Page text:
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tv   Gordon Wood Friends Divided  CSPAN  January 20, 2018 8:01am-9:01am EST

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that is just a handful of the programs airing this weekend on book tv for a complete schedule visit our website. now we kick off this weekend who recounts the tumultuous friendship between john adams and thomas jefferson. good evening ladies and gentlemen. welcome to the river very exciting and wonderful speaker tonight.
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doug will tell you more about him in a minute. i'm here to tell you if you have a cell phone turn it off and if you brought food or drink into the library please take it out with you when you go. thank you, it's always a great honor to introduce the group of historians. it was the first building to have built specifically as a library anywhere in the colonies. the dean dean of american historians this is just my description if you buy his latest book.
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and you should because it's fabulous. pretty good company that. best known these days for having written the book upon that. the dean of 18th century historian i feel as if i am absorbing wasn't at the feet of the master. john beauchamp is best known these days as one of the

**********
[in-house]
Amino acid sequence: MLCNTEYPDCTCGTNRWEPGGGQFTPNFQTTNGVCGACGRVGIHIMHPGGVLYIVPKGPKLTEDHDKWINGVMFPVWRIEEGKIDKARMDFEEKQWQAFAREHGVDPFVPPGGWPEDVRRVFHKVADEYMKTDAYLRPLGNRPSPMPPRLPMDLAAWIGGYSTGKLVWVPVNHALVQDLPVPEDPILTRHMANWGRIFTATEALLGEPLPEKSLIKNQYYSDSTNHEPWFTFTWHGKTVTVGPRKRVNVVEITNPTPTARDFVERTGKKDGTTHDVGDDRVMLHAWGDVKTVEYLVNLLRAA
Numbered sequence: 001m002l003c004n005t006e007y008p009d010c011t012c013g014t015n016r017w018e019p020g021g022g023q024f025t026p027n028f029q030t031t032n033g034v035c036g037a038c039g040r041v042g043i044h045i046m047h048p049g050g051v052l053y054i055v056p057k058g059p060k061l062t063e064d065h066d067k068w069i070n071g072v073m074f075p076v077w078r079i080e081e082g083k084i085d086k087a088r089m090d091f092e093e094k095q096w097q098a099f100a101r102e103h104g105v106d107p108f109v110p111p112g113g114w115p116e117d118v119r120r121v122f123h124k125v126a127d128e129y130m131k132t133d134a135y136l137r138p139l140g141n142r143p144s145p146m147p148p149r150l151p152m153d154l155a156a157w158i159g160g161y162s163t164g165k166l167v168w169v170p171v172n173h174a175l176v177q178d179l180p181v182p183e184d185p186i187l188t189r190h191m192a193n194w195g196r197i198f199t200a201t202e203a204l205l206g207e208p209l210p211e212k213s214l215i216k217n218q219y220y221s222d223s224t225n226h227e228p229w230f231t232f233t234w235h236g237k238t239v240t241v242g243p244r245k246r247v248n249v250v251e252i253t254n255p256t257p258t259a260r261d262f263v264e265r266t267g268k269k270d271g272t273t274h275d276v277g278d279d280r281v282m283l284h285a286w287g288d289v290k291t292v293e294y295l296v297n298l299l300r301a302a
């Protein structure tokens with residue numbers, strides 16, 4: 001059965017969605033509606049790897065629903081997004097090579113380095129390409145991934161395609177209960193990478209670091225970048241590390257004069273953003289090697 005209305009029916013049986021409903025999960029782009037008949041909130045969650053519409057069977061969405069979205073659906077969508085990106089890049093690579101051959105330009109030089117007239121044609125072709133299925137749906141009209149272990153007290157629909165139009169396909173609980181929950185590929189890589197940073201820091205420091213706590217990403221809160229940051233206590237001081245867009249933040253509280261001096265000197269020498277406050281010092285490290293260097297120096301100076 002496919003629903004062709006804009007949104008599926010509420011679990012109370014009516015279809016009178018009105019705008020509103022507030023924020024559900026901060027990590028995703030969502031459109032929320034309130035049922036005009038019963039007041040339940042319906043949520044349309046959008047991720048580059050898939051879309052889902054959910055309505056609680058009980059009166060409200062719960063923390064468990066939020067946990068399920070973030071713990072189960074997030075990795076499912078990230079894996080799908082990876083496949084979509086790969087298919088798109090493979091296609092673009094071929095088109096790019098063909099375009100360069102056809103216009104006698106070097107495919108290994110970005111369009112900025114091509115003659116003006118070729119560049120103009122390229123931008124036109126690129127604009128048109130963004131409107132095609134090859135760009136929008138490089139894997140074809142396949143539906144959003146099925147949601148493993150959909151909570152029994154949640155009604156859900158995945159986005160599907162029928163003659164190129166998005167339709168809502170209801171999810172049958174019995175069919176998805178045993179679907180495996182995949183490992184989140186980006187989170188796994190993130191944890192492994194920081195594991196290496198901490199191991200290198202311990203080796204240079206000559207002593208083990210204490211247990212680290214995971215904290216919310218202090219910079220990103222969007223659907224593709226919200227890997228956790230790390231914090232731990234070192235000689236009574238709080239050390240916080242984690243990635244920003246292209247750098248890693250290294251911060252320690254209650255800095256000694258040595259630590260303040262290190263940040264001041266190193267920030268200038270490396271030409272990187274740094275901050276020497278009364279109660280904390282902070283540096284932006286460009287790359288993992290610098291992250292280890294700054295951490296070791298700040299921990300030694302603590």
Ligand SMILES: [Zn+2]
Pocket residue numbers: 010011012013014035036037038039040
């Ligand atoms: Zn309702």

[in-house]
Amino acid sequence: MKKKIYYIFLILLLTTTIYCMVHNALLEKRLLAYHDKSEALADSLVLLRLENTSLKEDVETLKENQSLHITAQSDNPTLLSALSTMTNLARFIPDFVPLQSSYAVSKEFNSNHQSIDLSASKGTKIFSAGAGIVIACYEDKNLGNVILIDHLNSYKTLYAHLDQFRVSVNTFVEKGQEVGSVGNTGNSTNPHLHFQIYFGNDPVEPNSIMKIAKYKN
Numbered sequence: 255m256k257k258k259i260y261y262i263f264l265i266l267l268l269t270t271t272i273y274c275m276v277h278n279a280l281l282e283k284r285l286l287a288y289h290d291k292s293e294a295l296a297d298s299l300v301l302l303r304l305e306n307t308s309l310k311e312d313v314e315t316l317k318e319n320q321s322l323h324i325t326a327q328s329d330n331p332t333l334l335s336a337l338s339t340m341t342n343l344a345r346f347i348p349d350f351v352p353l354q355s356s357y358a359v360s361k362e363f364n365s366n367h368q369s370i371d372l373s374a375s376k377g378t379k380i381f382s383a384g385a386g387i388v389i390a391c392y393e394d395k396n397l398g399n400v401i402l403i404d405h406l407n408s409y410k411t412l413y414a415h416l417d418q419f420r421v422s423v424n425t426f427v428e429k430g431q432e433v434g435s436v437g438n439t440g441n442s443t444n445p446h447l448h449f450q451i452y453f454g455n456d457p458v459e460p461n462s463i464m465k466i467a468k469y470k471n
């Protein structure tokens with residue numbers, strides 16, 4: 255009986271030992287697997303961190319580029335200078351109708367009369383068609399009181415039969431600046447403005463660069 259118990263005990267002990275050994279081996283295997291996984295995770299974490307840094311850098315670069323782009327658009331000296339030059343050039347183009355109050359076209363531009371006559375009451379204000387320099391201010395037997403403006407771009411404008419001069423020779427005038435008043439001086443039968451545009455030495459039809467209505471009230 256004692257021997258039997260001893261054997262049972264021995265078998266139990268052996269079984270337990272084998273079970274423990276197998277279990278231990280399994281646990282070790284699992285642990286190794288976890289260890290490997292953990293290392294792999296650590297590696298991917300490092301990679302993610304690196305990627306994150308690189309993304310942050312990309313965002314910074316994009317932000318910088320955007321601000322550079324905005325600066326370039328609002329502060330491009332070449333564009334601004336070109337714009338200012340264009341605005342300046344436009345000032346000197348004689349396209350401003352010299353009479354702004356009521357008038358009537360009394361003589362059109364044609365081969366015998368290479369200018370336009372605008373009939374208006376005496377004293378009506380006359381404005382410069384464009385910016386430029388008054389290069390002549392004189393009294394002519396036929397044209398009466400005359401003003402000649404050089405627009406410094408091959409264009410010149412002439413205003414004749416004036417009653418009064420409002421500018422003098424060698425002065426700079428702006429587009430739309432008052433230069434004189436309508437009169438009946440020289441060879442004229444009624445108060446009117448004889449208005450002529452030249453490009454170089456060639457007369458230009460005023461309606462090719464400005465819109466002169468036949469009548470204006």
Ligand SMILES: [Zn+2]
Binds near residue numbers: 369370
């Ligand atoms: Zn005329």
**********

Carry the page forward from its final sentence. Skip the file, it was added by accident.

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current administration's particular critics. the growth industry if there ever was one. he wrote, as the dean of american historians he has long shaped the historians. joseph ellis who also won the national book award he commented the dialogue with the competing impulses had its origins gordon wood brings his unmatched knowledge to the test ever covering both sides of what is still the long-standing argument with itself. how does one rise from professor to become an unelected dean of historians.
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it helps to have written 17 groundbreaking books. during nearly a half-century writing career. as well as a national book award nomination. it surely didn't hurt. the national humanities medal in 20111 of the few actions and in no danger of being reversed. but having known gordon for a while now. i think there is another reason for his title. the unfeeling good nature and kindness to others in optimism